In conclusion I have to thank Mr. H.M. Sanders, of Pembroke College, Oxford, for help and advice, and Professor Raleigh and Mr. R.W. Chapman for help and criticism while the volume was in the press. Above all, I am at every turn indebted to Professor Elton’s invaluable Michael Drayton,29 without which the work of any student of Drayton would be rendered, if not impossible, at least infinitely harder.


Alton, Staffordshire.

1 Cf. Elegy viij, To Henery Reynolds, Esquire, p. 108.

2 Sir Aston Cokayne, in 1658, says that he went to Oxford, while Fleay asserts, without authority, that his university was probably Cambridge.

3 Cf. the motto of Ideas Mirrour, the allusions to Ariosto in the Nymphidia, p. 129; and above all, the Heroical Epistles; Dedic. of Ep. of D. of Suffolk to Q. Margaret: ‘Sweet is the French Tongue, more sweet the Italian, but most sweet are they both, if spoken by your admired self.’ Cf. Surrey to Geraldine, ll. 5 sqq., with Drayton’s note.

4 Cf. Sonnet xij (ed. 1602), p. 42, ”Tis nine years now since first I lost my wit.’ (This sonnet may, of course, occur in the supposed 1600 ed., which would fix an earlier date for Drayton’s beginning of love.)

5 Elegy ix, p. 113.

6 Cf. Morley’s ed. of Barons’ Wars, &c. (1887), p. 6.

7 Cf. E.H. Ep. ‘Mat. to K.J.,’ 100 sqq., &c.

8 Professor Courthope and others. There was some excuse for blunders before the publication of Professor Elton’s book; and they have been made easier by an unfortunate misprint. Professor Courthope twice misprints the first line of the Love-Parting Sonnet, as ‘Since there’s no help, come let us rise and part’, and, so printed, the line supports better the theory that the poem refers to a patroness and not to a mistress. Cf. Courthope, Hist. Eng. Poetry, iii. pp. 40 and 43.

9 Cf. E. and Phoebe, sub fin.; Shep. Sir. 145-8; Ep. Hy. Reyn. 79 sqq.

10 Those reprints which were really new editions are in italics.

11 1594 ed., Pref. Son. and nos. 12, 18, 28; 1599 ed., nos. 3, 31, 46; 1602 ed., 12, 27, 31; and 1603 ed., 47.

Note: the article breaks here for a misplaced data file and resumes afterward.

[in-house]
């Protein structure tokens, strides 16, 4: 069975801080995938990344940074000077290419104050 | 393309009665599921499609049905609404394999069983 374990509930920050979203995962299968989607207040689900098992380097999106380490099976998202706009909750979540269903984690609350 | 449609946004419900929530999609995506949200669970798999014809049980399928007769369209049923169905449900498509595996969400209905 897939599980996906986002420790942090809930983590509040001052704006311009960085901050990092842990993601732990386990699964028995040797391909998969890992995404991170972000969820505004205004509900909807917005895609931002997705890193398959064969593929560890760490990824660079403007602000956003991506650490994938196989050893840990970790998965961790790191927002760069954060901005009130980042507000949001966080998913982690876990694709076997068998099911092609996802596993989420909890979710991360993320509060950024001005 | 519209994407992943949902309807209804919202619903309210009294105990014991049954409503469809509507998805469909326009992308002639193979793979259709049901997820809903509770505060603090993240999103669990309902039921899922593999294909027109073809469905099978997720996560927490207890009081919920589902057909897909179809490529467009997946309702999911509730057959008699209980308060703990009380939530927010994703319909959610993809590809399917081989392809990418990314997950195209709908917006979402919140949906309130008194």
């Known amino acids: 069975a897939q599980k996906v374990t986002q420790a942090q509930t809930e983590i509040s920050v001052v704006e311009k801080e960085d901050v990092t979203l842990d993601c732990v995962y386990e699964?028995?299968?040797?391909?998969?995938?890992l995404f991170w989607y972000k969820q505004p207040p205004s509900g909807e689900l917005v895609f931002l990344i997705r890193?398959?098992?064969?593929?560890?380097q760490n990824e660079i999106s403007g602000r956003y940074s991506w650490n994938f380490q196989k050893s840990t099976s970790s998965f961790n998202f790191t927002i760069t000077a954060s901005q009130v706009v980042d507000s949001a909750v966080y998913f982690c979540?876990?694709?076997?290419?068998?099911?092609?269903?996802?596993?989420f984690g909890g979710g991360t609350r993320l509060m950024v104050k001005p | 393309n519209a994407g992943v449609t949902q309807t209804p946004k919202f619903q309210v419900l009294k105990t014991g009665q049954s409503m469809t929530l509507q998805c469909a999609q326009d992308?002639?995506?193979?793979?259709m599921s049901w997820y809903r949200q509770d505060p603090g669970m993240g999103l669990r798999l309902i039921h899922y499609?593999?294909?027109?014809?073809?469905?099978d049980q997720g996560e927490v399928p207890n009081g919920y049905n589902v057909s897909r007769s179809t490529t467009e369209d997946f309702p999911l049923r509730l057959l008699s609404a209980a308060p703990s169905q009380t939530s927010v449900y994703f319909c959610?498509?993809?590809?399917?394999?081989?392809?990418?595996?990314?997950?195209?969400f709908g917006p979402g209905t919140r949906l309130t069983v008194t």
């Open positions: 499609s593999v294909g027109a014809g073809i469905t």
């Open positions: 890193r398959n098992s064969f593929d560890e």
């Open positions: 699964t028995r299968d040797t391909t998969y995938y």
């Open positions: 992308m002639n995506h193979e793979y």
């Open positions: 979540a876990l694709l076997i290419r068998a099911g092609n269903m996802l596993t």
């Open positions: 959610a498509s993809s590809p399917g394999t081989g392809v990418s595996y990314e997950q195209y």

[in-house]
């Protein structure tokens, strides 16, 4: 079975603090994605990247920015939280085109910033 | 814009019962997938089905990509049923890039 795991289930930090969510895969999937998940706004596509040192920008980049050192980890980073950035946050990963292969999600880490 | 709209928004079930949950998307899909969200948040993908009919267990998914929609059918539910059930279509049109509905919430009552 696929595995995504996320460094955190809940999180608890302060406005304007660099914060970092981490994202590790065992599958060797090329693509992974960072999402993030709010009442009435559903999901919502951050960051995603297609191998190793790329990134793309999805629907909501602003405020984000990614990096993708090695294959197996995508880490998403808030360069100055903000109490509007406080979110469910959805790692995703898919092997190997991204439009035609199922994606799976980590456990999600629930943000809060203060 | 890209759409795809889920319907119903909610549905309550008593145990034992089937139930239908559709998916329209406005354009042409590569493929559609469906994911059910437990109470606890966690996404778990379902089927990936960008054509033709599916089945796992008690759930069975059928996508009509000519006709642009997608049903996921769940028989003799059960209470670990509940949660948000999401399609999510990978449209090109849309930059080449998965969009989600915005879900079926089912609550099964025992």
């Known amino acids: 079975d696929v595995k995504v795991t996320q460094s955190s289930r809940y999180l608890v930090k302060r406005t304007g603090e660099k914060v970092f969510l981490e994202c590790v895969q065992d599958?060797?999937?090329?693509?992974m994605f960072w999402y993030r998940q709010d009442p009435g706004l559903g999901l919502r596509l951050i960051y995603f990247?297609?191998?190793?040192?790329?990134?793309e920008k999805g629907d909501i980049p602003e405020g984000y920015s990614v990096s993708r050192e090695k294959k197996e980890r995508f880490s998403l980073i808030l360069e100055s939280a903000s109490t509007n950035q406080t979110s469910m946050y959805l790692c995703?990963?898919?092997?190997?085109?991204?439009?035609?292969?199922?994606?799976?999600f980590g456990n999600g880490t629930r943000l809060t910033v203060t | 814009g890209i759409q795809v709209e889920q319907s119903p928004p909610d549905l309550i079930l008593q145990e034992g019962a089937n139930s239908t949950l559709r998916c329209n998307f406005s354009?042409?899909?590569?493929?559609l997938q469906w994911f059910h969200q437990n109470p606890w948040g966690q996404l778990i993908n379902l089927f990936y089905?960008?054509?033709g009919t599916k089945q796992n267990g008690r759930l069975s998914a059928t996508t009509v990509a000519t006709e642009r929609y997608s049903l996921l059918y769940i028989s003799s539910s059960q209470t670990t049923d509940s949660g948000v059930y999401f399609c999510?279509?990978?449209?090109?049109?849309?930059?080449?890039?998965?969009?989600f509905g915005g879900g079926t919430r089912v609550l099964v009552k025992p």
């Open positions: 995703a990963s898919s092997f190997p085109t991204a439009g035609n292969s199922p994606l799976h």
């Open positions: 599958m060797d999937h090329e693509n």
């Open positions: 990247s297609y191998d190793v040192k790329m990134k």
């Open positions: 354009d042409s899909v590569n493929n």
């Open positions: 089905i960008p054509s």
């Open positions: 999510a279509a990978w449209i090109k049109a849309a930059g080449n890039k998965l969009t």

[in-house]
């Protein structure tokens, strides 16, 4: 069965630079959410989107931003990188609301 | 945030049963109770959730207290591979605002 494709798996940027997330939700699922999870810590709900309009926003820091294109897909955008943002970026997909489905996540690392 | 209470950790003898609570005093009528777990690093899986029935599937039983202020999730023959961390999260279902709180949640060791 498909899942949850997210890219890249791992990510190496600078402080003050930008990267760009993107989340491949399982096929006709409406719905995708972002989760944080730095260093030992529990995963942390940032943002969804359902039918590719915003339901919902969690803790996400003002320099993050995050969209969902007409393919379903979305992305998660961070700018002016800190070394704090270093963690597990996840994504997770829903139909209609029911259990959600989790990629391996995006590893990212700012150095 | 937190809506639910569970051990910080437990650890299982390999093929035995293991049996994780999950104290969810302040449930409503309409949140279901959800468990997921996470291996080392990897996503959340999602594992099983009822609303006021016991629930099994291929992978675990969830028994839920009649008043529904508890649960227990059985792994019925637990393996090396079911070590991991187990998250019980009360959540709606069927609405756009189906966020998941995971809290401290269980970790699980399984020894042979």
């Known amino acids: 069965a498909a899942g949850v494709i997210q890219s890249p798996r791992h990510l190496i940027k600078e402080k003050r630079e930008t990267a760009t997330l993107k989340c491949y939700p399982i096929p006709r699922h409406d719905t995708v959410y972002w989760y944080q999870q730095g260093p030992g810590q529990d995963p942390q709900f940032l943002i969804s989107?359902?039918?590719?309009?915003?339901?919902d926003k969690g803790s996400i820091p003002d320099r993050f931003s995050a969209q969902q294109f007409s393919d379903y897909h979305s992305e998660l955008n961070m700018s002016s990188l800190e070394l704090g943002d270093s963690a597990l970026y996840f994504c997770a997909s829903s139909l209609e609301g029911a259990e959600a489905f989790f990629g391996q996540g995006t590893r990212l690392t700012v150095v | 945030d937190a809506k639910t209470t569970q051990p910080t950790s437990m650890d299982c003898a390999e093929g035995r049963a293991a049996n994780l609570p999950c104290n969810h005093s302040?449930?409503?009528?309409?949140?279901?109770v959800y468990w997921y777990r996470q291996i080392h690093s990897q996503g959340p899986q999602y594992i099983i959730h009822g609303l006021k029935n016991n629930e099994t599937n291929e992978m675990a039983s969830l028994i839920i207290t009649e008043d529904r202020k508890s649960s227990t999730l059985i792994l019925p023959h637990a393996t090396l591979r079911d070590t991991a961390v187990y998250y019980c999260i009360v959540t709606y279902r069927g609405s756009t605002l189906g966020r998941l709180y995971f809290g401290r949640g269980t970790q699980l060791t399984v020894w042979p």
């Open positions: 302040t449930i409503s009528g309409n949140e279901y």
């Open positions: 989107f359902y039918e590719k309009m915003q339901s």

12 Meres thought otherwise. Cf. Palladis Tamia (1598), ‘As Accius, M. Atilius, and Milithus were called Tragediographi, because they writ tragedies: so may wee truly terme Michael Drayton Tragaediographus for his passionate penning the downfals of valiant Robert of Normandy, chast Matilda, and great Gaueston.’ Cf. Barnefield, Poems: in diuers humors (ed. Arber, p. 119), ‘And Drayton, whose wel-written Tragedies, | And Sweete Epistles, soare thy fame to skies. | Thy learned name is equall with the rest; | Whose stately Numbers are so well addrest.’

13 Cf. Meres, Palladis Tamia (1598), ‘Michael Drayton doth imitate Ouid in his England’s Heroical Epistles.’

14 Cf. id., ibid., ‘As Lucan hath mournefully depainted the ciuil wars of Pompey and Cæsar: so hath Daniel the ciuill wars of Yorke and Lancaster, and Drayton the civill wars of Edward the second and the Barons.’

15 Cf. Elegy viij. 126-8.

16 Cf. Morley’s ed., Barons’ Wars, &c., 1887, pp. 6-7.

17 Cf. Elron, pp. 83-93, and Whitaker, M. Drayton as a Dramatist (Public. Mod. Lang. Assoc. of America, vol. xviij. 3).

18 Cf. Nl. ij. 127 sqq., p. 172.

19 Cf. Elegy ij. 20.

20 Cf. Palladis Tamia: ‘Michael Drayton is now in penning, in English verse, a Poem called Poly-olbion, Geographicall & Hydrographicall of all the forests, woods, mountaines, fountaines, riuers, lakes, flouds, bathes, & springs that be in England.’

21 Cf. Amours (1594), xx and xxiv.

22 Cf. Sonnet vj (1619 edition); which is a dignified summary of much that he says more coarsely in the Moone-Calfe.

23 Cf. Morley’s ed. Barons’ Wars, &c., p. 8.

24 Charles FitzGeoffrey, Drake (1596), ‘golden-mouthed Drayton musical.’ Guilpin, Skialetheia (1598), ‘Drayton’s condemned of some for imitation, But others say, ’tis the best poet’s fashion ... Drayton’s justly surnam’d golden-mouth’d.’ Meres, Palladis Tamia (1598),’ In Charles Fitz-Jefferies Drake Drayton is termed “golden-mouth’d” for the purity and pretiousnesse of his stile and phrase.’

25 Cf. E. H. E., pp. 90, 99 (ed. 1737); Elegy i; and Ode written in the Peak.

26 Elegy viij, ad init.

27 Palladis Tamia (1598).

28 Cf. Returne from Parnassus, i. 2 (1600) ed. Arb. p. 11.

29 Michael Drayton. A Critical Study. Oliver Elton, M.A. London: A. Constable & Co., 1905.